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http://ssrn.com/abstract=1019921
 
 

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The Promise and Peril of Corporate Governance Indices


Sanjai Bhagat


University of Colorado at Boulder - Department of Finance

Brian J. Bolton


Portland State University - School of Business Administration

Roberta Romano


Yale Law School; National Bureau of Economic Research (NBER); European Corporate Governance Institute (ECGI)

October 7, 2007

ECGI - Law Working Paper No. 89/2007
Yale Law & Economics Research Paper No. 367

Abstract:     
Financial economists and commercial providers of governance services have in recent years created measures of the quality of firms' corporate governance which collapse into a single number (a governance index or rating) the multiple dimensions of a company's governance. The aim of this paper is twofold, to analyze the performance of corporate governance indices in predicting corporate performance, and to consider the implications for public policy that follow from that assessment. We highlight methodological shortcomings of the extant papers that claim a relation between particular governance measures and corporate performance. Our core conclusion is that there is no consistent relation between governance indices and measures of corporate performance. Namely, there is no one "best" measure of corporate governance: the most effective governance institution appears to depend on context, and on firms' specific circumstances. It would therefore be difficult for an index, or any one variable, to capture critical nuances for making informed decisions. As a consequence, we conclude that governance indices are highly imperfect instruments for determining how to vote corporate proxies, let alone for portfolio investment decisions, and that investors and policymakers should exercise caution in attempting to draw inferences regarding a firm's quality or future stock market performance from its ranking on any particular corporate governance measure. Most important, the implication of our analysis is that corporate governance is an area where a regulatory regime of ample flexible variation across firms that eschews governance mandates is particularly desirable, because there is considerable variation in the relation between the indices and measures of corporate performance.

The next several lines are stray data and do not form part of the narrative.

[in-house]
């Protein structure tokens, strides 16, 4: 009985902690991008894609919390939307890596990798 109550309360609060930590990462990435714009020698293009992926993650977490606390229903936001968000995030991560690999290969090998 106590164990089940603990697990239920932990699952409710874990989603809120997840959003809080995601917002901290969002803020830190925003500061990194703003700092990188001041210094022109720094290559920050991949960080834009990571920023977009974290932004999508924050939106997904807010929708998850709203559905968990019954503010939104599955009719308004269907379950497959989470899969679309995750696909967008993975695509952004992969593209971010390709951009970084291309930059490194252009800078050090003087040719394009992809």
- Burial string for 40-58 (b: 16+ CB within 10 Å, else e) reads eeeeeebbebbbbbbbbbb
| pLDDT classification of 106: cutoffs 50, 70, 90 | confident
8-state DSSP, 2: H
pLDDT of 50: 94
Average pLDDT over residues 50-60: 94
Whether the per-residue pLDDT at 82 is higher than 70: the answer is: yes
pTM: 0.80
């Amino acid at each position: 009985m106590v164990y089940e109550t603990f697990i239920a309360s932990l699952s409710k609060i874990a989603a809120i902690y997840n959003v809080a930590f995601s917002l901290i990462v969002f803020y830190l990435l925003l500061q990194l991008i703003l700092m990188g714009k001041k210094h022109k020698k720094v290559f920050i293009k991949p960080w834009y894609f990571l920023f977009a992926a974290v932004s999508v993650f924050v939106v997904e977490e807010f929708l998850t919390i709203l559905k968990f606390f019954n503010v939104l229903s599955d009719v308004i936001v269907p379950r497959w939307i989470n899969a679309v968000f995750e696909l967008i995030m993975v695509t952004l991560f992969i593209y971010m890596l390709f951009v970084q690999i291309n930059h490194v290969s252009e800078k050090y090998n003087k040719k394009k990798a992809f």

Number of Pages in PDF File: 91

Keywords: corporate governance, corporate performance, governance indices

JEL Classification: G30, G34, K22

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Date posted: October 14, 2007 ; Last revised: February 15, 2009

Suggested Citation

Bhagat, Sanjai and Bolton, Brian J. and Romano, Roberta, The Promise and Peril of Corporate Governance Indices (October 7, 2007). ECGI - Law Working Paper No. 89/2007; Yale Law & Economics Research Paper No. 367. Available at SSRN: http://ssrn.com/abstract=1019921 or http://dx.doi.org/10.2139/ssrn.1019921

Contact Information

Sanjai Bhagat
University of Colorado at Boulder - Department of Finance ( email )
Campus Box 419
Boulder, CO 80309
United States
303-492-7821 (Phone)
Brian J. Bolton
Portland State University - School of Business Administration ( email )
Portland, OR 97207-0751
United States
Roberta Romano (Contact Author)
Yale Law School ( email )
P.O. Box 208215
New Haven, CT 06520-8215
United States
203-432-4965 (Phone)
203-432-4871 (Fax)
National Bureau of Economic Research (NBER)
1050 Massachusetts Avenue
Cambridge, MA 02138
United States
European Corporate Governance Institute (ECGI)
c/o ECARES ULB CP 114
B-1050 Brussels
Belgium
HOME PAGE: http://www.ecgi.org
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